California has passed SB 379, the Solar Access Act, which will require cities and counties to adopt automated solar permitting systems. The act is expected to lead to shortened project times and lower permit costs for residential solar.
The law is a welcome change to rooftop solar installers and customers, who rely on short project timelines for a positive customer experience. Projects with a nameplate capacity of 38.4 kW and below are eligible for automated permitting.
The bill states that to reach its clean energy goals, California may need to deploy up to 6 GW of new renewable energy and storage resources annually.
“This bill will help cities and counties go big on solar by cutting permitting costs and wait times. With solar permitting legislation passed, it’s exciting that more Californians can now tap into this abundant energy source,” said Steven King, clean energy advocate, Environment California.
“California’s substantial network of rooftop solar and battery storage helped avoid rolling blackouts during the latest heat wave’s peak. Now these technologies will be even easier for consumers to get their hands on. We need to do all we can to eliminate barriers to further adoption of solar and storage,” said King.
The law is also aimed at reducing permitting costs, which represent part of the acute problem of soft costs in the U.S. rooftop solar market.
A soft cost is anything not directly related to the construction of the system, and includes such items as design, fees, sales costs, taxes, and insurance. Shawn Rumery, senior director of research at SEIA, said soft costs represent 60-70% of total residential solar costs, and 50 to 60% of total commercial solar costs. Since 2014, residential system costs have come down roughly 25%, but soft costs have dropped only 15%, said SEIA.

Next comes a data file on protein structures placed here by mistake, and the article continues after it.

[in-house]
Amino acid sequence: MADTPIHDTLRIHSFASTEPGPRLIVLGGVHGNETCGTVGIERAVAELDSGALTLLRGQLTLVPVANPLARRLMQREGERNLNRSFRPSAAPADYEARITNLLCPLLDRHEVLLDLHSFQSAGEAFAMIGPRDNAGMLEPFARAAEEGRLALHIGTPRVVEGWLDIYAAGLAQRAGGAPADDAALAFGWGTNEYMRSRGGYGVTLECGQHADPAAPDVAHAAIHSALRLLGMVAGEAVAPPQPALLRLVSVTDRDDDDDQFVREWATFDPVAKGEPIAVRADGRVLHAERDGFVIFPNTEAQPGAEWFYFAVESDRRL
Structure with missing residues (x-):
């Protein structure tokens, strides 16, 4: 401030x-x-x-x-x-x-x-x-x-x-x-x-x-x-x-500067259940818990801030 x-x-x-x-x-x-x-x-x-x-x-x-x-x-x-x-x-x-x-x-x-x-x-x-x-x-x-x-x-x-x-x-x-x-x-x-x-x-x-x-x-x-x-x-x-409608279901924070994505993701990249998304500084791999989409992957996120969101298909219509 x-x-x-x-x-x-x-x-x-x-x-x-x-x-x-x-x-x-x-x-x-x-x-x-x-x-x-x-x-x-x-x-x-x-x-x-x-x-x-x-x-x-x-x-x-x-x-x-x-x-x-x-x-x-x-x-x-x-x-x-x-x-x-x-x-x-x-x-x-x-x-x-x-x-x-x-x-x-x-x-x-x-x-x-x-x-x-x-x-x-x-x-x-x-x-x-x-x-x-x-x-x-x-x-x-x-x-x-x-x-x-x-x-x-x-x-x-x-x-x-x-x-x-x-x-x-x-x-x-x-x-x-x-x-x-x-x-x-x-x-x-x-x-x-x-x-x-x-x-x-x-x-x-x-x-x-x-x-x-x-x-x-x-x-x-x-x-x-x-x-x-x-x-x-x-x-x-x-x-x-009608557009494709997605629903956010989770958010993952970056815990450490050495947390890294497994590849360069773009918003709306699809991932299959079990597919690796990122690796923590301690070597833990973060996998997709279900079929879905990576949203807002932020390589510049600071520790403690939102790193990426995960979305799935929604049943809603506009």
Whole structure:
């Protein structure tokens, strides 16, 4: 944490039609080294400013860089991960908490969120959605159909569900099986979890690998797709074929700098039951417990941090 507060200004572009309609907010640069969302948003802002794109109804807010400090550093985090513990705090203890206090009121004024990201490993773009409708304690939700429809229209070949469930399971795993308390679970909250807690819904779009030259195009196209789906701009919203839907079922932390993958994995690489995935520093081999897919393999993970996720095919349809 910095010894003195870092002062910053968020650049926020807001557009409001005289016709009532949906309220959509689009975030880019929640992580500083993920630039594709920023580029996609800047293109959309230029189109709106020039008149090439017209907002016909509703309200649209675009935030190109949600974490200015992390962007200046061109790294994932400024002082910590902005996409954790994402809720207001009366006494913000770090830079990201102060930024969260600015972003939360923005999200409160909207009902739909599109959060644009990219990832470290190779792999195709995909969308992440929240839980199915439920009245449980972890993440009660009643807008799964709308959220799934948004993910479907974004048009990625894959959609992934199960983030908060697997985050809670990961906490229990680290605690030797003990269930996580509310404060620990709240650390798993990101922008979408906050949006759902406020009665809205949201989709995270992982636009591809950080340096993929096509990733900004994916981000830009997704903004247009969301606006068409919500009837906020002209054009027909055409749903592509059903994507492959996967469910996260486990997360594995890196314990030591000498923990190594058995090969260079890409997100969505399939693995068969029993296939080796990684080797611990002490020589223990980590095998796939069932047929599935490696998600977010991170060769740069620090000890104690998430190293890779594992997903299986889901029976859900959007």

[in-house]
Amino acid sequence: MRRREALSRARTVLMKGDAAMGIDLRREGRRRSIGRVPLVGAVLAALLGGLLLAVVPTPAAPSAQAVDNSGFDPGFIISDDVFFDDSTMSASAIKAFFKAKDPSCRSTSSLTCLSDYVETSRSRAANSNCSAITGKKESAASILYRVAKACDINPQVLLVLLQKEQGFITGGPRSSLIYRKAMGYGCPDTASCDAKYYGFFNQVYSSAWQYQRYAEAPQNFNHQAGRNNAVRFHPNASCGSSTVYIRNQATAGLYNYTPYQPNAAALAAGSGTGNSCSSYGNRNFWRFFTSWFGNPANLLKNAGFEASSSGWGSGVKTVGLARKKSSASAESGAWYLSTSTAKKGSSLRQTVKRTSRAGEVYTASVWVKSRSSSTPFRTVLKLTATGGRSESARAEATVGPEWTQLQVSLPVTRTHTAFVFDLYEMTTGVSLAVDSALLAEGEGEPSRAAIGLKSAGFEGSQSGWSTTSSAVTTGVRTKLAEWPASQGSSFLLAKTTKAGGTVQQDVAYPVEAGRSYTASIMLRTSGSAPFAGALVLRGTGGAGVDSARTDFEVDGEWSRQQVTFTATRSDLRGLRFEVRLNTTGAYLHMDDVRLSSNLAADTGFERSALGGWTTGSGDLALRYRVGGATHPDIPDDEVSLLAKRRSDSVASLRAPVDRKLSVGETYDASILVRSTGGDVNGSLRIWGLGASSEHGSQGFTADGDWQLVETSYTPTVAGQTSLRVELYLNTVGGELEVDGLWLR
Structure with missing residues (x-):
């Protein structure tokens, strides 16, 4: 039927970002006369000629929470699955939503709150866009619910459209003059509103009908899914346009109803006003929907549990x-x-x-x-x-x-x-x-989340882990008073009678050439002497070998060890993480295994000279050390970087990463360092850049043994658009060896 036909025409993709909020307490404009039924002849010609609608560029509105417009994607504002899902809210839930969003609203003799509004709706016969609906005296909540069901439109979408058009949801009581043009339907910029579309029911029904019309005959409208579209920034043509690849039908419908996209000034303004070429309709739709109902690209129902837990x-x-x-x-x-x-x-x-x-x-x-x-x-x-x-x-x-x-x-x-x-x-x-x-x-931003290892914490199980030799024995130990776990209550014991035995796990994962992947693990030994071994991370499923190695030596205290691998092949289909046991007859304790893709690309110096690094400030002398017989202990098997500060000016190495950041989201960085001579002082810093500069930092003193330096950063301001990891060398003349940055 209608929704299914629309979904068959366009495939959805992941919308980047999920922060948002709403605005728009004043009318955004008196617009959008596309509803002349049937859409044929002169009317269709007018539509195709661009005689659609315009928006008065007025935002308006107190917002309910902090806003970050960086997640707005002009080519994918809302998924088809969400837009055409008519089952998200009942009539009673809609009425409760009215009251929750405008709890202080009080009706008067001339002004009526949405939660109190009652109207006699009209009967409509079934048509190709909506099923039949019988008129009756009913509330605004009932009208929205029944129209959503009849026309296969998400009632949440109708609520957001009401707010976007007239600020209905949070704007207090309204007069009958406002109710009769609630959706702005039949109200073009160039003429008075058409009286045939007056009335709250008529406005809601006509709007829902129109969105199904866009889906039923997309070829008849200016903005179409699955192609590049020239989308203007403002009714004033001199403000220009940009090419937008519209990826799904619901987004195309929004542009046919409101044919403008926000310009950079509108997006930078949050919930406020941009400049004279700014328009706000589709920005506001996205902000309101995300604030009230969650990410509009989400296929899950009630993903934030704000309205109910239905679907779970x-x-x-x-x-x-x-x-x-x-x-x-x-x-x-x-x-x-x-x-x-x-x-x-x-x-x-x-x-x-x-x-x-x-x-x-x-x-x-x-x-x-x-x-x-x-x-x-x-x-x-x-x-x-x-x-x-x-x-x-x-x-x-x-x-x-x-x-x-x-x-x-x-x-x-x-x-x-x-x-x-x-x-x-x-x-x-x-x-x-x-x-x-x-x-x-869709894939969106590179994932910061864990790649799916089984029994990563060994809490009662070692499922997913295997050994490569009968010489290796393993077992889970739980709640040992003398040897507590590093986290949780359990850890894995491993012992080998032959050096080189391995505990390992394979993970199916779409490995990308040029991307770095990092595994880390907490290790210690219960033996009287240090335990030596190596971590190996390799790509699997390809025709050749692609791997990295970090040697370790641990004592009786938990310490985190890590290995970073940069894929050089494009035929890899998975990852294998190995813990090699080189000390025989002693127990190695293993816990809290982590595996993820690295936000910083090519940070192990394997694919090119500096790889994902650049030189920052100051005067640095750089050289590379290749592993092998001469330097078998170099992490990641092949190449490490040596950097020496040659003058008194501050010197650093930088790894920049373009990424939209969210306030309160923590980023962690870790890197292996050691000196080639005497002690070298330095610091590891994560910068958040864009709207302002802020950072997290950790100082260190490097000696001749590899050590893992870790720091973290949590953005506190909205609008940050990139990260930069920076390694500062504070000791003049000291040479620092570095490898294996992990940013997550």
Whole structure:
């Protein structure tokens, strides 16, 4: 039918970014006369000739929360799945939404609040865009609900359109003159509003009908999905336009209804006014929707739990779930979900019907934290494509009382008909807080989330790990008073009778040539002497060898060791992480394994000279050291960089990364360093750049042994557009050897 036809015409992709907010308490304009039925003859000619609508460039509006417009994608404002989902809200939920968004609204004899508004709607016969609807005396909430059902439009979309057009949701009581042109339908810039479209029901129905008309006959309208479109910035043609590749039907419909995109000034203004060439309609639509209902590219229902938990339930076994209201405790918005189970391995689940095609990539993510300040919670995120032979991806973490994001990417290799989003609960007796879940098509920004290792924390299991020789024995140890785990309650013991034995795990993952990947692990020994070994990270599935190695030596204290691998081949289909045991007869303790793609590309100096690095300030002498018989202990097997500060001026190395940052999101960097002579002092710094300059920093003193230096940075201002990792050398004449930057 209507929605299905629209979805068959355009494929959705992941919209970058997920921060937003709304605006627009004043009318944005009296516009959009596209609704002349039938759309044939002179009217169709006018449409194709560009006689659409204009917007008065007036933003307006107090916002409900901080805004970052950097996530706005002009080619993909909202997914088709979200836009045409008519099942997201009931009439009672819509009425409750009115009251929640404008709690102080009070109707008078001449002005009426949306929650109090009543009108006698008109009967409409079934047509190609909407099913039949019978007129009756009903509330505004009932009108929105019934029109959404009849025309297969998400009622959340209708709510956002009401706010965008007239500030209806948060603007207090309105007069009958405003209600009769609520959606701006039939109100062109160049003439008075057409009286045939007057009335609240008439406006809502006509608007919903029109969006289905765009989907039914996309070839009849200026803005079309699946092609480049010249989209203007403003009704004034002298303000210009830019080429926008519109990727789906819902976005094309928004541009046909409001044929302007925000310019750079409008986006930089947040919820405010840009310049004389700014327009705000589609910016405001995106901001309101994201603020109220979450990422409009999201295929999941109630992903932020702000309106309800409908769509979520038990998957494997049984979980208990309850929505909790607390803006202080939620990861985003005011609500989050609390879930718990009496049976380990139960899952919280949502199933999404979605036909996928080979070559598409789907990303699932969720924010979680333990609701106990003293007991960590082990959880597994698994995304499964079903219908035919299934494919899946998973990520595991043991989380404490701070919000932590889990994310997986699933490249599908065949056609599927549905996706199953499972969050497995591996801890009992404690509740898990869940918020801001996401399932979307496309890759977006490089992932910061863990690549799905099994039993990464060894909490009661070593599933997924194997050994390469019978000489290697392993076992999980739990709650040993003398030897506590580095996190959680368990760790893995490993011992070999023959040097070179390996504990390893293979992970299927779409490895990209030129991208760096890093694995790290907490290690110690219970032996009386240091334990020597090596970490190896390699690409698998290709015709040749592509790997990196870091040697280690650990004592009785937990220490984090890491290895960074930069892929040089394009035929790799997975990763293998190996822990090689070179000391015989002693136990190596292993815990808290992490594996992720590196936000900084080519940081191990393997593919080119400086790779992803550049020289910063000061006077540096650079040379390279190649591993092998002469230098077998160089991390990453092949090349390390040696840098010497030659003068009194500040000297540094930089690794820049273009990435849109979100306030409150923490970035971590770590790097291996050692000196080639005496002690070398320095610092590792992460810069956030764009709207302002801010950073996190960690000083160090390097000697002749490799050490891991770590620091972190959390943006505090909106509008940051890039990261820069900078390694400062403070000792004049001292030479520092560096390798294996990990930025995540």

The Department of Energy has been working to tackle this issue nationwide by developing and testing the SolarAPP+ automated permitting tool. SolarApp+ can handle about 90% of solar permits in most jurisdictions, tackling simpler projects, and freeing up time for jurisdictions to focus on more complex building permits that are already clogging their pipelines.
The California law states, “Because the 2021 budget included a $20 million appropriation to the Energy Commission for grants to all jurisdictions that adopt the SolarAPP+ or a similar program in order to expedite permitting, local permitting jurisdictions can and should be required to adopt SolarAPP+ or a similar program for automated permitting in order to promote the development of solar and storage to help meet the state’s clean energy needs.”
The law exempts cities with populations of fewer than 5,000 and counties with populations of fewer than 150,000, including each city within that county. Cities with a population of 50,000 or fewer must satisfy the law’s requirements by September 30, 2024, while cities, counties, and cities and counties with populations greater than 50,000 are required to satisfy the requirements by September 30, 2023.
This July, California launched an incentive program for cities to adopt SolarAPP+. The program, called CalAPP, provides grants and assistance to cover the staff time and other resources spent on adoption. The maximum grant sizes range between $40,000 and $100,000 depending on population. The grants are non-competitive and the application is simple.
“CalAPP is a quadruple win,” said Jeanine Cotter, president and CEO of Luminalt, a solar installation company in the Bay Area. “Everyday, we devote a ton of resources to obtaining permits for our clients to go solar. By encouraging cities to adopt the best practice of automating permitting, CalAPP will slash costs for building departments, installers, and customers, leading to solar on more roofs, which in turn will reduce global warming emissions.”
SB 379 was co-sponsored by Environment California and SPUR, introduced by Sen. Scott Wiener and co-authored by Assemblymember Al Muratsuchi. It was signed into law by Governor Gavin Newsom. Full text of the law can be found here.